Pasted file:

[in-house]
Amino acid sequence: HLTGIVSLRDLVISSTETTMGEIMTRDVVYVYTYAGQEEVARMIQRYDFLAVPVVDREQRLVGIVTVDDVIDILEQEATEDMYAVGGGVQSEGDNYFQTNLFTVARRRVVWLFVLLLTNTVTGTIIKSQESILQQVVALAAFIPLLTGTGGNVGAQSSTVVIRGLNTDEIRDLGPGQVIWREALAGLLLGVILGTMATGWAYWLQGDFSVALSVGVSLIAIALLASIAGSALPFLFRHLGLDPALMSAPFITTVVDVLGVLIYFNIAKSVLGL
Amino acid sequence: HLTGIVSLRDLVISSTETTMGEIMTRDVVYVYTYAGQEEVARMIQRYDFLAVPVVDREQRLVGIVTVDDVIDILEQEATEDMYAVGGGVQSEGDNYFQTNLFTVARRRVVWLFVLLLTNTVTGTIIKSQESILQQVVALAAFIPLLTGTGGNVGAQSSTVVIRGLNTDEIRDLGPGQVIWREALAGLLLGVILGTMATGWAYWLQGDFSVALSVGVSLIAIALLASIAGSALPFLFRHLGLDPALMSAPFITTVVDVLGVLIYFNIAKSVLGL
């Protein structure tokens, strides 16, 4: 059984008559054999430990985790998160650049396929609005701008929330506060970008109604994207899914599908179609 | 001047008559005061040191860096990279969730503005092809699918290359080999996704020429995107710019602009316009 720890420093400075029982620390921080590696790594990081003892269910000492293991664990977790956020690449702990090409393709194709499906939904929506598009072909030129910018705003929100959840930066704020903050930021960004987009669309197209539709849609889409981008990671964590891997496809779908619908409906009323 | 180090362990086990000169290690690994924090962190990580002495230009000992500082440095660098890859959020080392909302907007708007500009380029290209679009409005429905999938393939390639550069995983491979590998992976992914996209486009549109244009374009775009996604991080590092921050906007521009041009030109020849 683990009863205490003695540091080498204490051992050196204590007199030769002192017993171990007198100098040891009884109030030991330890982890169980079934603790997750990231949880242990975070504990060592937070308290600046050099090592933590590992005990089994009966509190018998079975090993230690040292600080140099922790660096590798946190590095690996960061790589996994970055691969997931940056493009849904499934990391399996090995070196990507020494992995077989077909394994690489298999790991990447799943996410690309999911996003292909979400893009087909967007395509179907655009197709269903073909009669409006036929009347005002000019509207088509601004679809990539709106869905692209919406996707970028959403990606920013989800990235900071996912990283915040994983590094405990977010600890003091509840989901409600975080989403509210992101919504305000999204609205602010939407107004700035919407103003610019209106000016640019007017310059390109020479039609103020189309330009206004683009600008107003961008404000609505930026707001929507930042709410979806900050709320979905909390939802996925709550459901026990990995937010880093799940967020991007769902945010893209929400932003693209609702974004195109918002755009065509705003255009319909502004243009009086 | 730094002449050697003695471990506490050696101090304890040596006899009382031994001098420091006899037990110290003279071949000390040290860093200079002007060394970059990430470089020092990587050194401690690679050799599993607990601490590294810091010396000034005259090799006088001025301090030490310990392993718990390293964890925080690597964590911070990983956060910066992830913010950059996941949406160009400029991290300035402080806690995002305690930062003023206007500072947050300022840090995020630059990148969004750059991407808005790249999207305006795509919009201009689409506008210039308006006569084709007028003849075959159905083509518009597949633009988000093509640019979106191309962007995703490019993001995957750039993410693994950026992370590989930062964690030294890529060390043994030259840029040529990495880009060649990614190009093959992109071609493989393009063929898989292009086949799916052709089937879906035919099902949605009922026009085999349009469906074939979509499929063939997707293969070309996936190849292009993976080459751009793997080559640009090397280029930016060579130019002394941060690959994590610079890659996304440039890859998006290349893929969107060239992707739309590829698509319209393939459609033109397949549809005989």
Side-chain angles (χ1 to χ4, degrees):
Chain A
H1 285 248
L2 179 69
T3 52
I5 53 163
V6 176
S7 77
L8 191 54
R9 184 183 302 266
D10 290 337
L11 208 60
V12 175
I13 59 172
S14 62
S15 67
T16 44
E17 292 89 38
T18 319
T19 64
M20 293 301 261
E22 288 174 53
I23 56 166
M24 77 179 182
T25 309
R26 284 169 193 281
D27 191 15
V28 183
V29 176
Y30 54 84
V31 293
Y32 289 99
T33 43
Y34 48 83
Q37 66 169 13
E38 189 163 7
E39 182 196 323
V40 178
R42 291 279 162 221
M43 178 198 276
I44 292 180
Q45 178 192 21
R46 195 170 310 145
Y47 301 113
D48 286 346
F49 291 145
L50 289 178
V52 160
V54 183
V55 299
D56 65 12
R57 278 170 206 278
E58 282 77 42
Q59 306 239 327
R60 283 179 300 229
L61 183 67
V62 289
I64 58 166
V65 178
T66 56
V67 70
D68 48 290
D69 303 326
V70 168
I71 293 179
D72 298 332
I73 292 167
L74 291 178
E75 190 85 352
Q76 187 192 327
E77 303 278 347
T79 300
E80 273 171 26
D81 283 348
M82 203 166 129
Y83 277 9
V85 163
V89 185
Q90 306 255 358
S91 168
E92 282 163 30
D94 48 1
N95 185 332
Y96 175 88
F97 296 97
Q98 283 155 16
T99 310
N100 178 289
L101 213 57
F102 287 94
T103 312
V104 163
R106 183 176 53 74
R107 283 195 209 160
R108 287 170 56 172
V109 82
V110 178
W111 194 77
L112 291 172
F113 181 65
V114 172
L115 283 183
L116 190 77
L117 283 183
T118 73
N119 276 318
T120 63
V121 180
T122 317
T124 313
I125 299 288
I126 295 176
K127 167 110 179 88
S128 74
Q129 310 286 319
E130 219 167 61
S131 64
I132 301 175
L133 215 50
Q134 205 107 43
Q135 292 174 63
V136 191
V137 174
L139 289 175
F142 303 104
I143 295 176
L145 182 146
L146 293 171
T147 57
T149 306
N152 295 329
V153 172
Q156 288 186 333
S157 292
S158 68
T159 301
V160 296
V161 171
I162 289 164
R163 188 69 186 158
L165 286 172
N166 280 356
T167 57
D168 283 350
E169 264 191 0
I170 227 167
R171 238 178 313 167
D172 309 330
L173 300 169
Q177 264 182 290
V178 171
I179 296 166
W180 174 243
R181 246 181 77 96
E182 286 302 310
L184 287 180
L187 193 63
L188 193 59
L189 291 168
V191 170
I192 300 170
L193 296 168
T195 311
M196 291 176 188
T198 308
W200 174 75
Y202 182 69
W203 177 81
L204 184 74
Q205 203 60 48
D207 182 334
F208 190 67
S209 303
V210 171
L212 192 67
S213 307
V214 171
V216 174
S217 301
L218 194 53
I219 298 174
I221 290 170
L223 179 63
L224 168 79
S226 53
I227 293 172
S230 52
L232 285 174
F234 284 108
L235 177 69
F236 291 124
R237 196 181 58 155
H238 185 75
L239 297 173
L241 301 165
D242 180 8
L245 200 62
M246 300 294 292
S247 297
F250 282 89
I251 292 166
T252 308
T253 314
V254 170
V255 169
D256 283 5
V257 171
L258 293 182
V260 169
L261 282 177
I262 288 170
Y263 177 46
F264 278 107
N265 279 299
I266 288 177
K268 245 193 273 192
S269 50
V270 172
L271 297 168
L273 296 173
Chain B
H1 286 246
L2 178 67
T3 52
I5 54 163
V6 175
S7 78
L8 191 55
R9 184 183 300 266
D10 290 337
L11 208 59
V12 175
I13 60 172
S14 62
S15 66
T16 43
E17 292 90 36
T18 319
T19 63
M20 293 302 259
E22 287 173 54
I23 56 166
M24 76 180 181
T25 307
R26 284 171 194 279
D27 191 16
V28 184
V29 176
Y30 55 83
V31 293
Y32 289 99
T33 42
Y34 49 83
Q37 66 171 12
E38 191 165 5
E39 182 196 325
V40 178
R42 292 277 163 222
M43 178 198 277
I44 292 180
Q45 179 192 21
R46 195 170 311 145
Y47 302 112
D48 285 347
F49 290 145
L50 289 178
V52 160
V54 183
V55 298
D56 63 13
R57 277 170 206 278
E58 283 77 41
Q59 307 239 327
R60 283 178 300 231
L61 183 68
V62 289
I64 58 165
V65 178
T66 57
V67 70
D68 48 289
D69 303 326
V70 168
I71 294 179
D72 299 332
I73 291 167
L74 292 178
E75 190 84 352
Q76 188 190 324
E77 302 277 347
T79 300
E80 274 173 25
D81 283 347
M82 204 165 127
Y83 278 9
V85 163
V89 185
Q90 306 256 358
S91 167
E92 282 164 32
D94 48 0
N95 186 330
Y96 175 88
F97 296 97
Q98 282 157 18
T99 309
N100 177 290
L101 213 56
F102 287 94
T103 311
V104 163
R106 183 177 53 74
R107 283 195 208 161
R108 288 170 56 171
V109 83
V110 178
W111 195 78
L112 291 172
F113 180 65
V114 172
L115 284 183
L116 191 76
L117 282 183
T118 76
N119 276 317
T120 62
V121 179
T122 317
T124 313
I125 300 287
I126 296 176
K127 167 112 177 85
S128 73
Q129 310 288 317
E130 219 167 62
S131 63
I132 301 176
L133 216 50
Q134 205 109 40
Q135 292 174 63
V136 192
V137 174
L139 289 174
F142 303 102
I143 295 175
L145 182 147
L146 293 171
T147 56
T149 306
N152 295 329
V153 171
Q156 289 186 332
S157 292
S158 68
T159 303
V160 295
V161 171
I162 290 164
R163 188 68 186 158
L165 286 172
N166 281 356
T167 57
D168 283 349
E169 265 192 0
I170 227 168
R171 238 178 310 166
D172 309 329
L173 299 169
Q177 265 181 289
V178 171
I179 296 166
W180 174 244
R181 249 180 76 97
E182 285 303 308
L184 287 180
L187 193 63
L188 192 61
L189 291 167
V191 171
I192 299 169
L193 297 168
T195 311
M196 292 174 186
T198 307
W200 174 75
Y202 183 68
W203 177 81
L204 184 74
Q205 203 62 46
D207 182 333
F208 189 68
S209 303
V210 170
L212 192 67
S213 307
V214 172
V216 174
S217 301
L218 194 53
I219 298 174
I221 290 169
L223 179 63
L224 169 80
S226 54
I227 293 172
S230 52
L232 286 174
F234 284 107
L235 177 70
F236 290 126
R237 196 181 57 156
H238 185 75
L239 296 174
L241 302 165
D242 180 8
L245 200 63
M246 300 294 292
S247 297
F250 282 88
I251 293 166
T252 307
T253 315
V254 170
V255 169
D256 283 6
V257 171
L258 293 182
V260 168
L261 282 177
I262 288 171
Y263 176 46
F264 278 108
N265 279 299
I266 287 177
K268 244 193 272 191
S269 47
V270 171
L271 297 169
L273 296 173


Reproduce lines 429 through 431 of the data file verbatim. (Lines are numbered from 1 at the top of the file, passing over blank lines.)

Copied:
D256 283 6
V257 171
L258 293 182